Mark Salley, Communications Director | 303-692-2013 | firstname.lastname@example.org
FOR IMMEDIATE RELEASE: Aug. 7, 2014
DENVER -- Fewer high school students in Colorado think using marijuana is risky.
Preliminary results from the 2013 Healthy Kids Colorado Survey show the percentage of students who perceived a moderate or great risk from marijuana use declined from 58 percent in 2011 to 54 percent in 2013.
The survey also shows cigarette use among high school students trending downward, at a faster pace than marijuana. Dr. Larry Wolk, executive director and chief medical officer for the Colorado Department of Public Health and Environment noted that public smoking bans, tobacco taxes, awareness campaigns and enforcement of underage tobacco sales account for the continued decrease in underage cigarette smoking.
"We know what works to protect young people from unhealthy substances," Wolk said. "As with tobacco, youth prevention campaigns will help ensure adult legalization of marijuana in Colorado does not impact the health of Colorado kids."
One in five Colorado high school students used marijuana in the past 30 days, and more than a third have used it at some point in their lives, the survey shows. Thirty-day marijuana use fell from 22 percent in 2011 to 20 percent in 2013, and lifetime use declined from 39 percent to 37 percent during the same two years. None of the declines shown in the preliminary data represent a statistically significant drop in rates.
But health experts worry that the normalization of marijuana use in Colorado could lead more young people to try it.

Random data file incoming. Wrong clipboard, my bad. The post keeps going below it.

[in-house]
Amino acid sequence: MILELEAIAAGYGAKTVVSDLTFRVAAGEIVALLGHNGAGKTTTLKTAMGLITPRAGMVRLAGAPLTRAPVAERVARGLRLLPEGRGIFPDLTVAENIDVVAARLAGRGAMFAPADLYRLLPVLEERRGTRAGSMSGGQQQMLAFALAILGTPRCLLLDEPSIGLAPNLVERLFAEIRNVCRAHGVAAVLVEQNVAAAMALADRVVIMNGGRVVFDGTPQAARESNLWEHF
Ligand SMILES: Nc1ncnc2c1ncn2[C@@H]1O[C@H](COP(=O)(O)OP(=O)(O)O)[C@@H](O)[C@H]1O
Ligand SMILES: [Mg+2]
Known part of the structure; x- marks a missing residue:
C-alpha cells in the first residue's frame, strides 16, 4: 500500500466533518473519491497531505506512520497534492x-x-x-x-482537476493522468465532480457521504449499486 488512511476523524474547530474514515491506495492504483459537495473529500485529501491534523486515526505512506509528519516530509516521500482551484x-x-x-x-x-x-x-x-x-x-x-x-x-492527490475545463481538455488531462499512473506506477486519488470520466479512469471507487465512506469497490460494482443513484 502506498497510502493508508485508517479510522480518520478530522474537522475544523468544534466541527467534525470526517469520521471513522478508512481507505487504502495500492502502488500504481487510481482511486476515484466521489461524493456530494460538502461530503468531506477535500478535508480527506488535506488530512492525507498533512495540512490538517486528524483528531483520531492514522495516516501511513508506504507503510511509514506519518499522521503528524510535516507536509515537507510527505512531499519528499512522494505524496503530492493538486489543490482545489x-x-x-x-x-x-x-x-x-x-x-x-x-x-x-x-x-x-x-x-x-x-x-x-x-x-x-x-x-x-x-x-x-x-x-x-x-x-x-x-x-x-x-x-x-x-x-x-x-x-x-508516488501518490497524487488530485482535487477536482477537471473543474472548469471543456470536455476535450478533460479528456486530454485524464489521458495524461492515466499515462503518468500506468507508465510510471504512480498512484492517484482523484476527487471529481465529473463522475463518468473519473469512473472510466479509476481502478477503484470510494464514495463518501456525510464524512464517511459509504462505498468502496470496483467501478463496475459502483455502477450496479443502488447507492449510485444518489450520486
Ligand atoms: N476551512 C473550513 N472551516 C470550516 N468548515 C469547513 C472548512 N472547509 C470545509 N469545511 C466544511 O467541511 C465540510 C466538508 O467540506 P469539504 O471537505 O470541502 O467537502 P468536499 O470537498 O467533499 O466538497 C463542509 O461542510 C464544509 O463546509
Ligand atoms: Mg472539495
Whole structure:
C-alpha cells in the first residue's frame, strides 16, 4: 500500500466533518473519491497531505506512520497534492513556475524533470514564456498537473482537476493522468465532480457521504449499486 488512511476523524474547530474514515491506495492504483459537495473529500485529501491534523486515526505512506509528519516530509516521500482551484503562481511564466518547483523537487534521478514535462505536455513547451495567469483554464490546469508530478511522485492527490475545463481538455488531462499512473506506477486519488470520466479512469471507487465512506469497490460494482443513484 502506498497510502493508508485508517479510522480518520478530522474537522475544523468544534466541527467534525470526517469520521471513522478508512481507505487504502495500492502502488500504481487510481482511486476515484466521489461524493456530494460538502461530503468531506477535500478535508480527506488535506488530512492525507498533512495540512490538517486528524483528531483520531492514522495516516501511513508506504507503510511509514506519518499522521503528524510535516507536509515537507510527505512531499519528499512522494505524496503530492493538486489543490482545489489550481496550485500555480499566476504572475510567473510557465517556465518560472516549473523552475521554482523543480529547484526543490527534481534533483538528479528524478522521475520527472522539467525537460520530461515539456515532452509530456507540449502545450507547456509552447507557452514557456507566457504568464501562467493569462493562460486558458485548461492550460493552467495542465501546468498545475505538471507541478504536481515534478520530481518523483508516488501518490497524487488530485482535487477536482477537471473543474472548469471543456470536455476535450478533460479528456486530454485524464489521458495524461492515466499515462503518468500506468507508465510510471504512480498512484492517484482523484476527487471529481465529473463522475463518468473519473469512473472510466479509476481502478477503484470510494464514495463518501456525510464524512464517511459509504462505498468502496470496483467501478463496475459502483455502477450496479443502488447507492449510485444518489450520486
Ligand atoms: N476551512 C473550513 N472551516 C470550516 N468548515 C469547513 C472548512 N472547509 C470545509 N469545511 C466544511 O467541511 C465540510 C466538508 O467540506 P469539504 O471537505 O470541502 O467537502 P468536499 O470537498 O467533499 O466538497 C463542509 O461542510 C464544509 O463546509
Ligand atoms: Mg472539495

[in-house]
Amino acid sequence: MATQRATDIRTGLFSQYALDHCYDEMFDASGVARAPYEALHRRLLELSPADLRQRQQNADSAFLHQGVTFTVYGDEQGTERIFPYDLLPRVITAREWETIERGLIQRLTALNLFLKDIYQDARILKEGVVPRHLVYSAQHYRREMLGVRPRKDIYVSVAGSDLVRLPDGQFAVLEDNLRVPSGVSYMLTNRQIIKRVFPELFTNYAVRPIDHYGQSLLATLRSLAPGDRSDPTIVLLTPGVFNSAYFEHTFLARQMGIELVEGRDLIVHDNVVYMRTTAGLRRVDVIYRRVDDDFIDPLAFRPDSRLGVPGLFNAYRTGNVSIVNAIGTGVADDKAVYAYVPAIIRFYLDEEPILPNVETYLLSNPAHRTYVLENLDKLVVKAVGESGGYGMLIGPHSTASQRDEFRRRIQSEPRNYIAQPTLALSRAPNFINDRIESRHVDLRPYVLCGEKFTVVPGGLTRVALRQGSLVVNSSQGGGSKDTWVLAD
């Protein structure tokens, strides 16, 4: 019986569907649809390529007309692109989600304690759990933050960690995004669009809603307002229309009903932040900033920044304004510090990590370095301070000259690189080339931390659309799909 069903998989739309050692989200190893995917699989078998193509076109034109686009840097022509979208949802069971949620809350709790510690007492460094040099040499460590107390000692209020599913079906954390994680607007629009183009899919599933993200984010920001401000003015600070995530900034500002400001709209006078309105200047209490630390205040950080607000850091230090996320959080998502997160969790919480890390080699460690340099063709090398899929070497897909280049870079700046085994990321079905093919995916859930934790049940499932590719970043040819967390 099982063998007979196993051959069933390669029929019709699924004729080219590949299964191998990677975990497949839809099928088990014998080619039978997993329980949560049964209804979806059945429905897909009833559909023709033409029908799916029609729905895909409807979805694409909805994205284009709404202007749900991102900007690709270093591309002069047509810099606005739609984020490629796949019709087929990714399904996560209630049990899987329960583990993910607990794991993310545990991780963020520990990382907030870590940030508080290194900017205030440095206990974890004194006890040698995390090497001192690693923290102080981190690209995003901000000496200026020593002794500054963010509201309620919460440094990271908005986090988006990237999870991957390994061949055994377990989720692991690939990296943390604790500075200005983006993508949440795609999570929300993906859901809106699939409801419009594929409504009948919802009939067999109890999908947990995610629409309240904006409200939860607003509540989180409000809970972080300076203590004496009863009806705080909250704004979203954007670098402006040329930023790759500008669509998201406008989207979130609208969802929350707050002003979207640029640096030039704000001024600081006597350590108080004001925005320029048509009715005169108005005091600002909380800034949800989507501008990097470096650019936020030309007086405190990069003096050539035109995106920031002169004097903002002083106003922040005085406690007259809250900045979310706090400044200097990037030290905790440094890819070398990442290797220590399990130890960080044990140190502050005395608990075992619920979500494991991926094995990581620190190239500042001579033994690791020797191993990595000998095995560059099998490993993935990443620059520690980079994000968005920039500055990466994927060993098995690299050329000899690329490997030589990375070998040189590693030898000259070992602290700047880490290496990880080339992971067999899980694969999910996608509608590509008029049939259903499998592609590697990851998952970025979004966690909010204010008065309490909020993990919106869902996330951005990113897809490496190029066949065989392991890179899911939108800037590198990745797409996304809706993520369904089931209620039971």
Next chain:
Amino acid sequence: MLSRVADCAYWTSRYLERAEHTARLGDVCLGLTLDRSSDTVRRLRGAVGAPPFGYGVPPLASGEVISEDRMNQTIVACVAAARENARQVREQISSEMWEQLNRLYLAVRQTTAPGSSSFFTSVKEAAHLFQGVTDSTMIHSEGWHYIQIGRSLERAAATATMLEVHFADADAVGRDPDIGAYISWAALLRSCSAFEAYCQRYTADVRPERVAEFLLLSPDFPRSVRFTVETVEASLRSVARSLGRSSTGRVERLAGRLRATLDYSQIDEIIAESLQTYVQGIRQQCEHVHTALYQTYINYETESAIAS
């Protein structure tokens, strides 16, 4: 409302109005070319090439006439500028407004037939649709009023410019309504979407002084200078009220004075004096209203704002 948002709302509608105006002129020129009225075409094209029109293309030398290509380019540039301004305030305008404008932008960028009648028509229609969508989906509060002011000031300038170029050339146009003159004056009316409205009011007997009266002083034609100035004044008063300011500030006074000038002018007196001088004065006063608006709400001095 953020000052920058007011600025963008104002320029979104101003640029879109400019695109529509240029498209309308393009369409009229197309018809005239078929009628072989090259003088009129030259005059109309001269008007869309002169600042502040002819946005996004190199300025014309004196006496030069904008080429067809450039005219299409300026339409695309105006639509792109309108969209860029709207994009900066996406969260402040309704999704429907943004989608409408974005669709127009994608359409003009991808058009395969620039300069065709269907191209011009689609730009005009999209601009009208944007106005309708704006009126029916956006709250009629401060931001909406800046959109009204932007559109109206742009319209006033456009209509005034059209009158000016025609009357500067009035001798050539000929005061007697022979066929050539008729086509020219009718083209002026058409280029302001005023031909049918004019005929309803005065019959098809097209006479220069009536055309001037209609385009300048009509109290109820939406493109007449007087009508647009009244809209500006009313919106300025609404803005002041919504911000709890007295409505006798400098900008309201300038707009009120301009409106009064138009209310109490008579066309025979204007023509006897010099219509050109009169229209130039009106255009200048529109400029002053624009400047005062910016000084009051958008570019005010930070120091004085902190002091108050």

"If we want Colorado to be the healthiest state in the nation, then we need to make sure our youngest citizens understand the risks of using potentially harmful substances," said Dr. Wolk. "Later this month, we'll launch a youth prevention campaign that encourages kids not to risk damaging their growing brains by experimenting with marijuana."
While studies show using marijuana has an effect on brain development, the extent of that effect will take years to determine conclusively. The campaign is designed to grab kids' attention, present them with the existing science and empower them to make informed decisions.
The Healthy Kids Colorado Survey collects anonymous health information from Colorado middle and high school students every other year. In 2013, the state departments of health, education, and human services launched a unified version of the survey to approximately 40,000 randomly-selected students from more than 220 middle and high schools. Final state and regional results will be available this fall at http://www.chd.dphe.state.co.us/.